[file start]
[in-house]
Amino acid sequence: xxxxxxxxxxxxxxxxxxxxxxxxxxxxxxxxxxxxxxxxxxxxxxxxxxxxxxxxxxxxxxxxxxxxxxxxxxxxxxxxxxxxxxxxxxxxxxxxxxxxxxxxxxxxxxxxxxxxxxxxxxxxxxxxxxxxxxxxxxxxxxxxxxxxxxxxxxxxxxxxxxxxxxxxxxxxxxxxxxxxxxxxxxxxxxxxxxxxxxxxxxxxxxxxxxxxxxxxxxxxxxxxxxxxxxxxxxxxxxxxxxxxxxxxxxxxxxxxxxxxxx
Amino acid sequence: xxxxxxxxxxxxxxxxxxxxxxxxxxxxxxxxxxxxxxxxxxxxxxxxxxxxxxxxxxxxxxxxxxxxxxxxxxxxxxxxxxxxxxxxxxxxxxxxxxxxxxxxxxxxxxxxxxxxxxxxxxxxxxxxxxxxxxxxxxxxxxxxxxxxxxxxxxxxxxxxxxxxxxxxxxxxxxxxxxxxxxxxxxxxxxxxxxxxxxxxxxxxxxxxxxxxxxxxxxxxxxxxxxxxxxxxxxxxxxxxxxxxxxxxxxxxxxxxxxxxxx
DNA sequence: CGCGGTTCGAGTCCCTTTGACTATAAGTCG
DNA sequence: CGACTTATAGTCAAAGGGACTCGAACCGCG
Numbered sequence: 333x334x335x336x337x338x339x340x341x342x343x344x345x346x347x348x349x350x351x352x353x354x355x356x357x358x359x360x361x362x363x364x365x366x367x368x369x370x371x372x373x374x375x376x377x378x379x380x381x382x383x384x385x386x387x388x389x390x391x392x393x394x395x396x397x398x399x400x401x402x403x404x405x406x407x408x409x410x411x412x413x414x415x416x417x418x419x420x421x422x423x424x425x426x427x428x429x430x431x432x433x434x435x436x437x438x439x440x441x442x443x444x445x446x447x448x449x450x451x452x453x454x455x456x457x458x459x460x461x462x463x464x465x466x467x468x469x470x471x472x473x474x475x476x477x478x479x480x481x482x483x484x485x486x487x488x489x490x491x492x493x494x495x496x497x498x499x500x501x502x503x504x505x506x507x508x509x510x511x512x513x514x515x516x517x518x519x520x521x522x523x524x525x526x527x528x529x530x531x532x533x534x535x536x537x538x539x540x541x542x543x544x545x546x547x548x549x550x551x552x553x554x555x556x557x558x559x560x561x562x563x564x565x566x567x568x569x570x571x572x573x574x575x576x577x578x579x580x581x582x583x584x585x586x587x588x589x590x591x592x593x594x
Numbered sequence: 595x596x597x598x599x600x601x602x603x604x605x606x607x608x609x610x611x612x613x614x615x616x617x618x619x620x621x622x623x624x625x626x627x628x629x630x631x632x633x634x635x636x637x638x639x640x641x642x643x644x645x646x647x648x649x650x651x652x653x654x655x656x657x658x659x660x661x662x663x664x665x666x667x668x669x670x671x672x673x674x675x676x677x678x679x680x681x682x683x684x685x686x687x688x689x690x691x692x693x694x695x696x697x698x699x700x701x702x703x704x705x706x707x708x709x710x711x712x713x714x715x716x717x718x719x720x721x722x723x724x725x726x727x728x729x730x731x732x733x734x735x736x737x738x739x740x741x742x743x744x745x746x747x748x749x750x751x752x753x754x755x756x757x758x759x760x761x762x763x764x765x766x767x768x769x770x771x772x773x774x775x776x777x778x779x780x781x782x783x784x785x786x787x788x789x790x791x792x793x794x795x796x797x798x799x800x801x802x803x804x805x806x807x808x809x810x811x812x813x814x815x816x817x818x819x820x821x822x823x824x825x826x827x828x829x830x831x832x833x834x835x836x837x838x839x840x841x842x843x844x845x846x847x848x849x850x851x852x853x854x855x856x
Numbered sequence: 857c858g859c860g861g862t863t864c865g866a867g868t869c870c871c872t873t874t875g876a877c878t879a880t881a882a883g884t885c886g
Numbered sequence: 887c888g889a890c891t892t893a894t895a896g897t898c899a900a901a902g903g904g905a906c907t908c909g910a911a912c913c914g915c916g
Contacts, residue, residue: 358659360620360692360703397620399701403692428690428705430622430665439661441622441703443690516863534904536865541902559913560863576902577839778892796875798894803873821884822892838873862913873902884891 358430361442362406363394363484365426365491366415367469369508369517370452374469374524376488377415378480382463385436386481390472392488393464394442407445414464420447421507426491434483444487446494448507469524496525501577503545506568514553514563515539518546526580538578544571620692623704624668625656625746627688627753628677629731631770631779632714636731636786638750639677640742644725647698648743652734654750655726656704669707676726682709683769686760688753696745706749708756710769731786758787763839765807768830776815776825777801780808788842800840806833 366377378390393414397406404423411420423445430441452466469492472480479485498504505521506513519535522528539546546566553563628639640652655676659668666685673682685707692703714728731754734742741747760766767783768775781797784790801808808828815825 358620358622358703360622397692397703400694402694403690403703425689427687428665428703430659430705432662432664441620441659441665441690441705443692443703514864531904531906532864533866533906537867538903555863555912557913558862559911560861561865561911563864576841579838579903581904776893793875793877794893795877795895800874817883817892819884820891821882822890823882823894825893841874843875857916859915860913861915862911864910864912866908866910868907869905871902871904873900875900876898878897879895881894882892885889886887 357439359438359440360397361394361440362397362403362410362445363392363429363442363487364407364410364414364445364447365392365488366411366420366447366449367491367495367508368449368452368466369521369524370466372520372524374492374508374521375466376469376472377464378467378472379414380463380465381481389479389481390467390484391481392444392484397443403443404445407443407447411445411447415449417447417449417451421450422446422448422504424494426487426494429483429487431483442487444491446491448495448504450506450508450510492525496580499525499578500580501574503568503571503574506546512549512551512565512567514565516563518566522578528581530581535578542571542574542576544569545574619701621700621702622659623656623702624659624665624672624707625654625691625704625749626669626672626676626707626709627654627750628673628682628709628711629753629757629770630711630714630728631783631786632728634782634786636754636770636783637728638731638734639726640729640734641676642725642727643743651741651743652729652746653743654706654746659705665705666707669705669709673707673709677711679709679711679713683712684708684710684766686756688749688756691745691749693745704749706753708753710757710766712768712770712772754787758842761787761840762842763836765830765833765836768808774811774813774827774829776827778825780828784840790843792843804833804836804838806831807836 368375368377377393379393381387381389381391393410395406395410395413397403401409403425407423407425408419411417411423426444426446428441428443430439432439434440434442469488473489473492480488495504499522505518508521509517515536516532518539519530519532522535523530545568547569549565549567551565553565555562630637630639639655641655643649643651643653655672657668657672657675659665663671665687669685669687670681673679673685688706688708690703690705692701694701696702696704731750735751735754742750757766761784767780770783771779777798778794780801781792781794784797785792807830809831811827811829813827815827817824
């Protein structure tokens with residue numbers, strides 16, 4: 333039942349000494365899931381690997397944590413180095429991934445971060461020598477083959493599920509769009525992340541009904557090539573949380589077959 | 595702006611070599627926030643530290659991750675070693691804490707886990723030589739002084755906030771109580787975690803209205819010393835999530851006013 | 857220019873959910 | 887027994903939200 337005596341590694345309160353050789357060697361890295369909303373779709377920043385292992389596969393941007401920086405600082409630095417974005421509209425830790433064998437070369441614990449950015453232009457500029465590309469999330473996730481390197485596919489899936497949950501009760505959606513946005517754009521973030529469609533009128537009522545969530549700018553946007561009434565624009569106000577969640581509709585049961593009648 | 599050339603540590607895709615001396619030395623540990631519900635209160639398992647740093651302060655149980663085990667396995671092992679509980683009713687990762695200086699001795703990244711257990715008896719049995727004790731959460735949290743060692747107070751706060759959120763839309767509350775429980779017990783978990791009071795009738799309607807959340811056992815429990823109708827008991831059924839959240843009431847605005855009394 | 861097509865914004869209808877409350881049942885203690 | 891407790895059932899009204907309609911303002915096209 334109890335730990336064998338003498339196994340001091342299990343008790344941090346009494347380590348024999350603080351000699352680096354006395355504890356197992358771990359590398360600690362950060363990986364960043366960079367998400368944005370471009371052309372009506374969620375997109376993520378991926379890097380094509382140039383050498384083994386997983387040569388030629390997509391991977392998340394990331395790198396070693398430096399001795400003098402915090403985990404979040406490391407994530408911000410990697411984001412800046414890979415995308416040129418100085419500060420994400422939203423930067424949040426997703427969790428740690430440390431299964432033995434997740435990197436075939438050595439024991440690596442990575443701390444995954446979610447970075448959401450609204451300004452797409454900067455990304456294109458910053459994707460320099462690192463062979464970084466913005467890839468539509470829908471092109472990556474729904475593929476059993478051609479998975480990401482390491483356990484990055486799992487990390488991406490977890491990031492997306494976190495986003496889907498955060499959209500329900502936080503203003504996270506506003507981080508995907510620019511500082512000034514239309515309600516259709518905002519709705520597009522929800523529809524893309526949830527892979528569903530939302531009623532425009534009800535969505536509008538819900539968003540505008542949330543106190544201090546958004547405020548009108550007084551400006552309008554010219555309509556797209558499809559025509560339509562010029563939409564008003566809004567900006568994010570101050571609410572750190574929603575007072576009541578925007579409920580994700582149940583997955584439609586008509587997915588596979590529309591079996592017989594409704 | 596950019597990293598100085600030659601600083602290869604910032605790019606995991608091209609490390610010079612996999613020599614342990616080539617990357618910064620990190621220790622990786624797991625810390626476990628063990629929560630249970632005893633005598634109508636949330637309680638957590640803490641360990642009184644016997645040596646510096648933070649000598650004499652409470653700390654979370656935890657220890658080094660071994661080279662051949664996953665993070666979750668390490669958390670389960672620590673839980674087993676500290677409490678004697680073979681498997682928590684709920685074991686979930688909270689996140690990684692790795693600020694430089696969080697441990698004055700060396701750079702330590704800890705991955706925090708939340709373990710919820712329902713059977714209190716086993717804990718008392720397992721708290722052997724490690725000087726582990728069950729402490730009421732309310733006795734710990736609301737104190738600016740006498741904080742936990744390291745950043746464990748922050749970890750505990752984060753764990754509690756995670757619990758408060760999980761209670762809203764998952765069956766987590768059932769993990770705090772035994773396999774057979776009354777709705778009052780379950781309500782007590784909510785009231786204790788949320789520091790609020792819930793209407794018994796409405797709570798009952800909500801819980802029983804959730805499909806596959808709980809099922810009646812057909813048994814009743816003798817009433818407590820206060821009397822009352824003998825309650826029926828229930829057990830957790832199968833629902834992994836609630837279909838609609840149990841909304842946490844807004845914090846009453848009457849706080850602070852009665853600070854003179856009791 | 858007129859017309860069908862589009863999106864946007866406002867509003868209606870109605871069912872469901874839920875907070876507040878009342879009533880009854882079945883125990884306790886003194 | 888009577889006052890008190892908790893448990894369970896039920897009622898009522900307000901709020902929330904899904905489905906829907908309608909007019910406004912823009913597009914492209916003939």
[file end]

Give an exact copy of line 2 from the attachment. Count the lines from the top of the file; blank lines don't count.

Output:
Amino acid sequence: xxxxxxxxxxxxxxxxxxxxxxxxxxxxxxxxxxxxxxxxxxxxxxxxxxxxxxxxxxxxxxxxxxxxxxxxxxxxxxxxxxxxxxxxxxxxxxxxxxxxxxxxxxxxxxxxxxxxxxxxxxxxxxxxxxxxxxxxxxxxxxxxxxxxxxxxxxxxxxxxxxxxxxxxxxxxxxxxxxxxxxxxxxxxxxxxxxxxxxxxxxxxxxxxxxxxxxxxxxxxxxxxxxxxxxxxxxxxxxxxxxxxxxxxxxxxxxxxxxxxxx